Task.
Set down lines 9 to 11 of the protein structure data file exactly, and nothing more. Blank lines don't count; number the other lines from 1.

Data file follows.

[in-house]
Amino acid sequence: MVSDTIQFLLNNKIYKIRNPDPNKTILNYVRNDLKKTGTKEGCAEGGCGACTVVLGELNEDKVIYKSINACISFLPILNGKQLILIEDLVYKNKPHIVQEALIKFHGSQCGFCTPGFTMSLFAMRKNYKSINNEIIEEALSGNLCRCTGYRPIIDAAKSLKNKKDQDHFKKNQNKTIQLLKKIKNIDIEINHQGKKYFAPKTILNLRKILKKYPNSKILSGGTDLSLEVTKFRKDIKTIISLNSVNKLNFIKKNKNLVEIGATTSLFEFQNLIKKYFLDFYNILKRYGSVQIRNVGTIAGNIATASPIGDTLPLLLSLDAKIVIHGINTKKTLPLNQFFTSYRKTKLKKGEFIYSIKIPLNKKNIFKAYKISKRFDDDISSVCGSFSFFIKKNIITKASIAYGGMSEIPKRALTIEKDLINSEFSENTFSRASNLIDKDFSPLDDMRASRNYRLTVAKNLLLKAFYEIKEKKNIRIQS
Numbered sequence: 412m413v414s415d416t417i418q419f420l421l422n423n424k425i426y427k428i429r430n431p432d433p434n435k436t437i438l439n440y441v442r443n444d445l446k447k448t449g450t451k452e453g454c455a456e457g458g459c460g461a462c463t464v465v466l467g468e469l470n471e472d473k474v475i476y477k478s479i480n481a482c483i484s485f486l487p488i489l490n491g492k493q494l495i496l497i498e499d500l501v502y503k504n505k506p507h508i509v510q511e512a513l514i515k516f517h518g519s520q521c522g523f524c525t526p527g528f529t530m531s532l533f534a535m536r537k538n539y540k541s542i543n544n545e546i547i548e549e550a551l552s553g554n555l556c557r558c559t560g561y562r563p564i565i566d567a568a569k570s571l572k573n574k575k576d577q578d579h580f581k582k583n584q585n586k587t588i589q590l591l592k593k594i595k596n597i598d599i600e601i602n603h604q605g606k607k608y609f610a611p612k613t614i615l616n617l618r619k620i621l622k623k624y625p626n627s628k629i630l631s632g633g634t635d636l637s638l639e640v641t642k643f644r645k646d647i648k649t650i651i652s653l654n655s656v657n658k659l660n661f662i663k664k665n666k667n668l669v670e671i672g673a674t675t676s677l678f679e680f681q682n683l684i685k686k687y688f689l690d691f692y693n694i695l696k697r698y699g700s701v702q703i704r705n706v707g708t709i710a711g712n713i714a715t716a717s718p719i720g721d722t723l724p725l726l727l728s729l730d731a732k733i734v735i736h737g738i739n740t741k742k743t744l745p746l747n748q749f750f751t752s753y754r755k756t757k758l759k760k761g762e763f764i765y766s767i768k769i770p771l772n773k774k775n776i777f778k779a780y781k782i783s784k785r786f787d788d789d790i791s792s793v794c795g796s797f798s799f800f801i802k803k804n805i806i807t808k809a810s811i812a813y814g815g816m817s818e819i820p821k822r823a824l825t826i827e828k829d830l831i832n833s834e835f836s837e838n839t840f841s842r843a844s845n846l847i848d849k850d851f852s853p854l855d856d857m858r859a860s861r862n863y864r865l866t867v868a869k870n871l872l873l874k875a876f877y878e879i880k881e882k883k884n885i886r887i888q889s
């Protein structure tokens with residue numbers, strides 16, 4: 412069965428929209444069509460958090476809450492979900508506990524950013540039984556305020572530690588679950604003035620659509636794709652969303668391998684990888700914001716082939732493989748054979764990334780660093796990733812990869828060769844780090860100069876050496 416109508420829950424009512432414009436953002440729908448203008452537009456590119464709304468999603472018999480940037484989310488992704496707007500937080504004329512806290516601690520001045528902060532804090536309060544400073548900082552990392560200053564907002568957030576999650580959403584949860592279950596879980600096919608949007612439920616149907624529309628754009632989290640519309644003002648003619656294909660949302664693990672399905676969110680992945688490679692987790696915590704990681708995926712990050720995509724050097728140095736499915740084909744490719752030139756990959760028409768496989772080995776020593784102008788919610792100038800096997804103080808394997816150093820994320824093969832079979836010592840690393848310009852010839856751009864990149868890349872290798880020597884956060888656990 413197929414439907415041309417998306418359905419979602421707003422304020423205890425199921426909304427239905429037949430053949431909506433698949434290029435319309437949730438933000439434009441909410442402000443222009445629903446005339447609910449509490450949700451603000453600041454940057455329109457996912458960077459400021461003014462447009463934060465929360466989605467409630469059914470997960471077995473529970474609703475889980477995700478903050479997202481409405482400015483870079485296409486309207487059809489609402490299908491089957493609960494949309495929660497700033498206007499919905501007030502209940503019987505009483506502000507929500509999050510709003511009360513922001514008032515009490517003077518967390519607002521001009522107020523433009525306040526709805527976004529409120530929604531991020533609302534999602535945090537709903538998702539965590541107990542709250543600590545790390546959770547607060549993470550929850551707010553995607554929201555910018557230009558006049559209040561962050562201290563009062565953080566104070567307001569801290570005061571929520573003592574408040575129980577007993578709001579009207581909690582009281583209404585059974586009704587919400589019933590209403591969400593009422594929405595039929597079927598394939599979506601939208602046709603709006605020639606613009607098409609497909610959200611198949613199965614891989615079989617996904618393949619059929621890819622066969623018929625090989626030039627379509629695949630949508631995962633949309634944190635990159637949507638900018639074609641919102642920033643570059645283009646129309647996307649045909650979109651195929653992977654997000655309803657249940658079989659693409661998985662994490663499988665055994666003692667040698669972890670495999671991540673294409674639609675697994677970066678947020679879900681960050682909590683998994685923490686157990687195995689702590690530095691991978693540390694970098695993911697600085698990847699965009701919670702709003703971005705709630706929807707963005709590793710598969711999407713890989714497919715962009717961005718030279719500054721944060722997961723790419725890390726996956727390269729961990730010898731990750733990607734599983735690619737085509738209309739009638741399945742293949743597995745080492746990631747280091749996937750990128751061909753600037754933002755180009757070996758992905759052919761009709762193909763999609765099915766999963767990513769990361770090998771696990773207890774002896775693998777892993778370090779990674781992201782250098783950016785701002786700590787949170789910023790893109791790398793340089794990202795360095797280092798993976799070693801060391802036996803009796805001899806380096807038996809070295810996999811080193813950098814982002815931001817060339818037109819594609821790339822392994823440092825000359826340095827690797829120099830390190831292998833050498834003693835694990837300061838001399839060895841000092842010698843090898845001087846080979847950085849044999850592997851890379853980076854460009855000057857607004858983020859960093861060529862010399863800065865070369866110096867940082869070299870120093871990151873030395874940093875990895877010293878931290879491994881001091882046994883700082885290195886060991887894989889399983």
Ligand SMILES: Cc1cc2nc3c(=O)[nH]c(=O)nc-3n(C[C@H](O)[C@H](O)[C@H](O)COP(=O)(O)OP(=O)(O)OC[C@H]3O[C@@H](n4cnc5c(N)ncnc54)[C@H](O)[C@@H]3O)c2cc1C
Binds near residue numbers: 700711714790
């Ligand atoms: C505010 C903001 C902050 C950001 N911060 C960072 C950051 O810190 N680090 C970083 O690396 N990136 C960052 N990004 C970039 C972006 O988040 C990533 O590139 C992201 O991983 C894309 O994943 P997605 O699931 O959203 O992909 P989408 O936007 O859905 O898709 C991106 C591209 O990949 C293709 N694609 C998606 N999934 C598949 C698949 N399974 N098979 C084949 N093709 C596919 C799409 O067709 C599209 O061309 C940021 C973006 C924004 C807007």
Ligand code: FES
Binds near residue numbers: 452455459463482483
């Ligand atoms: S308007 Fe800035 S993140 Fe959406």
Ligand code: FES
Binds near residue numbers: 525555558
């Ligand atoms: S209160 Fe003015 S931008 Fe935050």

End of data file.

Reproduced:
Binds near residue numbers: 452455459463482483
């Ligand atoms: S308007 Fe800035 S993140 Fe959406």
Ligand code: FES